By | 2019-11-25T09:38:58-08:00 September 10th, 2019|Chemistry, Dedman College Research, Faculty News|Comments Off on ‘Titans in a jar’ could answer key questions ahead of NASA’s space exploration

‘Titans in a Jar’ Possible Answer to Crucial Questions Ahead of 2026 NASA’s Space Exploration

Science Times Originally Posted: July 3, 2019 It may be possible for Southern Methodist University (SMU) researchers to determine if icy moon of Saturn, Titan, has ever been home to life long before NASA completes an exploration visit to its surface by a drone helicopter. In late June, NASA announced that its "Dragonfly" mission would launch toward Saturn's largest moon in 2026 with an expectation to arrive in 2034. The purpose of the mission is to use a rotorcraft to visit dozens of promising locations on Titan to investigate the chemistry, atmospheric, and surface properties that could lead to life. Also in June, SMU got an award of a $195,000 grant to reproduce what is happening on Titan in a laboratory setting. The Houston-based Welch [...]

By | 2019-07-04T20:48:44-08:00 July 5th, 2019|Chemistry, Dedman College of Humanities and Sciences, Dedman College Research, Faculty News|Comments Off on ‘Titans in a Jar’ Possible Answer to Crucial Questions Ahead of 2026 NASA’s Space Exploration

Three Dedman College students receive prestigious fellowships and awards

Dedman College News Originally Posted: June 24, 2019 Congratulations to three accomplished Dedman College students. Megan Brown and Megan Latoya are 2019-2020 Fulbright Fellowship winners and Siddhakshi Solanki won the highly competitive Boren and Gillman Scholarships. According to an SMU press release, Brown and Latoya, both Ph.D. candidates in the Department of Anthropology, “are two of over 2,100 U.S. citizens who will study, conduct research, and teach abroad for the 2019-2020 academic year through the Fulbright U.S. Student Program. Recipients of Fulbright awards are selected on the basis of academic and professional achievement, as well as their record of service and leadership potential in their respective fields.” Megan Brown will be going to Monteverde, Costa Rica and Megan Latoya will be going to Recife, Brazil. [...]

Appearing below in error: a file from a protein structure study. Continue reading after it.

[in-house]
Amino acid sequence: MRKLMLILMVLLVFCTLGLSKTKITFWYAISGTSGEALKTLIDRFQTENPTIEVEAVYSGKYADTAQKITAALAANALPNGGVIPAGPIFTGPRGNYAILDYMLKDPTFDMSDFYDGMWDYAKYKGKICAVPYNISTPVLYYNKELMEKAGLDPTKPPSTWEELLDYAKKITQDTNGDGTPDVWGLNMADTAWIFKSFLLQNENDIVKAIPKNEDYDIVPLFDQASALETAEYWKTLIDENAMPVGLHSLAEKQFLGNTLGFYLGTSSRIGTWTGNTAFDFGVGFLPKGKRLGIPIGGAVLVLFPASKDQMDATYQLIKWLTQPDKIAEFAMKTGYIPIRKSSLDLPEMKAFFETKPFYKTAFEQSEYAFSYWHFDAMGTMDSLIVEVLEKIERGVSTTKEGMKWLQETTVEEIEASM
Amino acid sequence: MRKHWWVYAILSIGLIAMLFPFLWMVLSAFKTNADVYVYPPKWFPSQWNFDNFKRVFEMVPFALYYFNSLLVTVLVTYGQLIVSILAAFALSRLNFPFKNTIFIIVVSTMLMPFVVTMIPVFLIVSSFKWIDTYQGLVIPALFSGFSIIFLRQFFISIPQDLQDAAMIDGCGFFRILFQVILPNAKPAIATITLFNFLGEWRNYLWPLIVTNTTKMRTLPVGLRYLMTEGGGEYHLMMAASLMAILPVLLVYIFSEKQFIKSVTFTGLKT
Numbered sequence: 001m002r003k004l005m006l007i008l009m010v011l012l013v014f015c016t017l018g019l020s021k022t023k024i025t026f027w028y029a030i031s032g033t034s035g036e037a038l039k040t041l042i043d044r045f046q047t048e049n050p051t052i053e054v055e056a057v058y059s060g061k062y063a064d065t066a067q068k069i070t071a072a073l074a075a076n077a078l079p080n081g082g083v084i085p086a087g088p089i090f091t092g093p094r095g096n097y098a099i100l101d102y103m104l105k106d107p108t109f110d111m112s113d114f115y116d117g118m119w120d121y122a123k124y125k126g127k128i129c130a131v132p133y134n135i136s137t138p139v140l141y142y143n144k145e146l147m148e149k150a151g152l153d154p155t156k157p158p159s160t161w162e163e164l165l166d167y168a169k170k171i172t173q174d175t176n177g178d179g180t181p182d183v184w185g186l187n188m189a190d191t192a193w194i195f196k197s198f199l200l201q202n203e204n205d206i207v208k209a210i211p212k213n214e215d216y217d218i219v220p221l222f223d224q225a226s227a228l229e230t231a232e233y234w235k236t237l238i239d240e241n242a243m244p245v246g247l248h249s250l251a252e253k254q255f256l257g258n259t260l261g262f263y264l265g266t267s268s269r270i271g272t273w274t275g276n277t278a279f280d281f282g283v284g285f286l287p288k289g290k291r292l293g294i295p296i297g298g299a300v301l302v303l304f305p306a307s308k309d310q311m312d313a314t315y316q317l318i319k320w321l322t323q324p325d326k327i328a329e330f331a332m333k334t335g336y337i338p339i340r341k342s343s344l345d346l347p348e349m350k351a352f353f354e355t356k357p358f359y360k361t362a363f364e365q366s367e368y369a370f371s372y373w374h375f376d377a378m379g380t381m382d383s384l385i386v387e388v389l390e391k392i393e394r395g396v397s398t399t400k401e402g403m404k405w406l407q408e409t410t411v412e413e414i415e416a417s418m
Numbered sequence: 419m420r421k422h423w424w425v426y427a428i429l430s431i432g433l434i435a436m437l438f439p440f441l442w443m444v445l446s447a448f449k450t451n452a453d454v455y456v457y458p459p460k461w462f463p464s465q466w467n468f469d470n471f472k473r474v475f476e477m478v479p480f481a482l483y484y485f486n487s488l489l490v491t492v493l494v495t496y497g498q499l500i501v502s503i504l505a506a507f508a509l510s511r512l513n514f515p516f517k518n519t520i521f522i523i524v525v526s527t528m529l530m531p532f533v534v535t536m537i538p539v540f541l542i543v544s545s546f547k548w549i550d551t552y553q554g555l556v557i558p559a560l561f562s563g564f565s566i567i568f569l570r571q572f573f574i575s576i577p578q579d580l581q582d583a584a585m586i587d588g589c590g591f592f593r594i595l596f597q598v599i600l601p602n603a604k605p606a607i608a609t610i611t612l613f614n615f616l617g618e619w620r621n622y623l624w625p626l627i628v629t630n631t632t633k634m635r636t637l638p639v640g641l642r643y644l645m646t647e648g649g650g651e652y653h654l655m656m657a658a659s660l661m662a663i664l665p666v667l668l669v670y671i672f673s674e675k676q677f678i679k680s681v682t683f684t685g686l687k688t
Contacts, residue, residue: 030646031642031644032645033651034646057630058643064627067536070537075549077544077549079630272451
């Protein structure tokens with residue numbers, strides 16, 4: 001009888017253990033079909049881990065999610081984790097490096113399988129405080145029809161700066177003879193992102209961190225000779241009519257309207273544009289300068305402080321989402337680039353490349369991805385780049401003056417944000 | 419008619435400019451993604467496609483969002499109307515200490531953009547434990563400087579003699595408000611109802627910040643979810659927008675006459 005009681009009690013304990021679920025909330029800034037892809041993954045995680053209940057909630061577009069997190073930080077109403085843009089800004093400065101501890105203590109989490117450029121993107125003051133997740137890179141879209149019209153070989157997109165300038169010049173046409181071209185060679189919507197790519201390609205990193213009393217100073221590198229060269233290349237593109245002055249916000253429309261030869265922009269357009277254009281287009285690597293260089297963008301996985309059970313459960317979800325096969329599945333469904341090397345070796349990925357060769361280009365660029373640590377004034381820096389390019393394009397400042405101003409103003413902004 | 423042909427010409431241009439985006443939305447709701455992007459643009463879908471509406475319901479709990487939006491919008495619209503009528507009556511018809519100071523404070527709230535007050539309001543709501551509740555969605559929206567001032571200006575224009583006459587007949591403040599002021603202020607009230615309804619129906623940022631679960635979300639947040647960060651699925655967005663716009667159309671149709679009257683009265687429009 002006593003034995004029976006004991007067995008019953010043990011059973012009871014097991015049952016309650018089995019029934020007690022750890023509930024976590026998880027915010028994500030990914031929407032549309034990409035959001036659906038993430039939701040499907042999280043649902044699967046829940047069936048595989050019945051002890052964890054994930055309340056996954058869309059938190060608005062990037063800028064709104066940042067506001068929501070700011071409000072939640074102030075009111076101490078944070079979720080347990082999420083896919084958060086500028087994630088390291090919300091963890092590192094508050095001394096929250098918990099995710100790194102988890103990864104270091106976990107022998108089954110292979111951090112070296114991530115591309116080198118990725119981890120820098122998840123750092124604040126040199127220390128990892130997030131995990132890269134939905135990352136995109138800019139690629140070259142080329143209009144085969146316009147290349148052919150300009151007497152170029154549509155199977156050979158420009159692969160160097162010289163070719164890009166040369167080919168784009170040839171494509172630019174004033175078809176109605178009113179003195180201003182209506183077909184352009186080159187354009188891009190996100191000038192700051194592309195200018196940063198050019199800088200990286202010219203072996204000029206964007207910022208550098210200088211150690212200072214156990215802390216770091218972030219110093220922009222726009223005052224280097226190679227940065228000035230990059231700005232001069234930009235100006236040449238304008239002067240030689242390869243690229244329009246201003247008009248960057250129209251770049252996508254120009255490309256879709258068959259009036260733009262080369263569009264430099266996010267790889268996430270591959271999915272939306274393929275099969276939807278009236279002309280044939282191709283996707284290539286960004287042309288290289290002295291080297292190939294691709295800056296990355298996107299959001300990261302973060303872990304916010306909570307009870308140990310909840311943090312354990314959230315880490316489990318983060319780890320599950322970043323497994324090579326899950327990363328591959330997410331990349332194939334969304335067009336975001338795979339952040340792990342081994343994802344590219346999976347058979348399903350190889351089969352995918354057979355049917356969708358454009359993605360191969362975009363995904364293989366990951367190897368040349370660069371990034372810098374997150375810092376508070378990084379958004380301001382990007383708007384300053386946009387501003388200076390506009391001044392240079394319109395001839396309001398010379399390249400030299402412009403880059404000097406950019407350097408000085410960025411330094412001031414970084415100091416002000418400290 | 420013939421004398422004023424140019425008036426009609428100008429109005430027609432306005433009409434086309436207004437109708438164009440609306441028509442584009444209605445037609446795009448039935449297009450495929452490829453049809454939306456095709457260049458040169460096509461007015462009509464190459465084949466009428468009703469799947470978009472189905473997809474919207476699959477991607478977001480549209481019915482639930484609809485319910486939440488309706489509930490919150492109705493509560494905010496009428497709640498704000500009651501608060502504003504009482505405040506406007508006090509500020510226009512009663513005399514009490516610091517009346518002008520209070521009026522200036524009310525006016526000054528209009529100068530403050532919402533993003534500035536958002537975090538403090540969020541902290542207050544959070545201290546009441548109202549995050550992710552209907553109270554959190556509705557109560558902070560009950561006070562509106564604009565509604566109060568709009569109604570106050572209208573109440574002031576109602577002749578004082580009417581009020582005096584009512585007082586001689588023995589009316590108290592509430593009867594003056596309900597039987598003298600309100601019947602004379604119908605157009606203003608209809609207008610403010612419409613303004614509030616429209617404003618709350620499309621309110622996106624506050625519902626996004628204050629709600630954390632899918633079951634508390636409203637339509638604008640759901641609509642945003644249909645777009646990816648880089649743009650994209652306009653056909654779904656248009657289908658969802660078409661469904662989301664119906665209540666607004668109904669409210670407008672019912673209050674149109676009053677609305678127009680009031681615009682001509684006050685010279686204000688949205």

By | 2019-06-26T06:28:39-08:00 June 25th, 2019|Anthropology, Biology, Chemistry, Dedman College of Humanities and Sciences, Dedman College Research, Graduate News, Undergraduate News|Comments Off on Three Dedman College students receive prestigious fellowships and awards

Dallas Cowboys’ Legend and Video Gamers Help Fight Cancer

SMU Research Originally Posted: May 23, 2019 Gamer’s play contributes to SMU research The worlds of eSports, professional sports, philanthropy and cancer researching collided on Saturday for an online streaming event to raise funds for children with cancer, their families and Children’s Health in Dallas. Three-time Super Bowl winner and NFL Hall of Famer, Michael Irvin, and two-time Madden NFL champion, Drini Gjoka, joined to compete in a gaming tournament alongside patients and patient families at Children’s Medical Center Dallas. The tournament consisted of a live Madden NFL 19 streaming game via Twitch and ExtraLife. Stream viewers were asked to make contributions to Children’s Health in support of its Dallas emergency room renovation. At the same time, technology created by BALANCED Media | Technology helped Southern Methodist University (SMU) [...]

By | 2019-05-23T06:54:32-08:00 May 31st, 2019|Biology, Chemistry, Dedman College of Humanities and Sciences, Dedman College Research, Faculty News|Comments Off on Dallas Cowboys’ Legend and Video Gamers Help Fight Cancer

Today, March 5: SMU Giving Day

One day. For 24 hours on March 5, the entire SMU community will come together to give back and celebrate the causes we care about – supporting students, improving cities, educating teachers, fighting for justice, fueling champions – together, the possibilities are endless. Please consider supporting a Dedman College cause: Dedman College Scholars Dean’s Research Council SMU Human Rights SMU Fund for Dedman College Data Hackathon Challenges: Dean’s Research Council Match Gifts made to the Dedman College Dean’s Research Council will be matched dollar-for-dollar up to $10,000. Thank you to generous donors, Dr. Anthony Aramoonie ‘94 and Nicole Aramoonie for making this possible! Dedman College Scholars Challenge Support scholarships and help us meet the challenge from longtime SMU supporters Carl Sewell ’66 and Peggy Higgins [...]